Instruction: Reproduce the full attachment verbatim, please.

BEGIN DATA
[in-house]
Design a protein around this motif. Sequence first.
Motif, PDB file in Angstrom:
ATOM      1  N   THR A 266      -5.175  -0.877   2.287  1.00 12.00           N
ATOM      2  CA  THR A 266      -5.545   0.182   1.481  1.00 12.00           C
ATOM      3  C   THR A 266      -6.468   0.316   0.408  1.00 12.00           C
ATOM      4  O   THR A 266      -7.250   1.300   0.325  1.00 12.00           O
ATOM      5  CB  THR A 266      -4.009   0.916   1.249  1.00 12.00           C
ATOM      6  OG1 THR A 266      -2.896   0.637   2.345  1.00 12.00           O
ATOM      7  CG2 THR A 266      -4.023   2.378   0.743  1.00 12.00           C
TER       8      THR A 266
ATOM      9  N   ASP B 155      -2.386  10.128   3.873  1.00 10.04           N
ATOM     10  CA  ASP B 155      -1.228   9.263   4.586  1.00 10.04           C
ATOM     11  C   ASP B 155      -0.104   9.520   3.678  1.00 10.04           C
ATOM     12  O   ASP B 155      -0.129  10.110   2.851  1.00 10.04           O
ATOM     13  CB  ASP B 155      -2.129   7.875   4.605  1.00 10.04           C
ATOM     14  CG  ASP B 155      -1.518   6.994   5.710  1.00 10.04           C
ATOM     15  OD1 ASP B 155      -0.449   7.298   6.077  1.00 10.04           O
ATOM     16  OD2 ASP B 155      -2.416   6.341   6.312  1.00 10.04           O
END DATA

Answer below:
[in-house]
Design a protein around this motif. Sequence first.
Motif, PDB file in Angstrom:
ATOM      1  N   THR A 266      -5.175  -0.877   2.287  1.00 12.00           N
ATOM      2  CA  THR A 266      -5.545   0.182   1.481  1.00 12.00           C
ATOM      3  C   THR A 266      -6.468   0.316   0.408  1.00 12.00           C
ATOM      4  O   THR A 266      -7.250   1.300   0.325  1.00 12.00           O
ATOM      5  CB  THR A 266      -4.009   0.916   1.249  1.00 12.00           C
ATOM      6  OG1 THR A 266      -2.896   0.637   2.345  1.00 12.00           O
ATOM      7  CG2 THR A 266      -4.023   2.378   0.743  1.00 12.00           C
TER       8      THR A 266
ATOM      9  N   ASP B 155      -2.386  10.128   3.873  1.00 10.04           N
ATOM     10  CA  ASP B 155      -1.228   9.263   4.586  1.00 10.04           C
ATOM     11  C   ASP B 155      -0.104   9.520   3.678  1.00 10.04           C
ATOM     12  O   ASP B 155      -0.129  10.110   2.851  1.00 10.04           O
ATOM     13  CB  ASP B 155      -2.129   7.875   4.605  1.00 10.04           C
ATOM     14  CG  ASP B 155      -1.518   6.994   5.710  1.00 10.04           C
ATOM     15  OD1 ASP B 155      -0.449   7.298   6.077  1.00 10.04           O
ATOM     16  OD2 ASP B 155      -2.416   6.341   6.312  1.00 10.04           O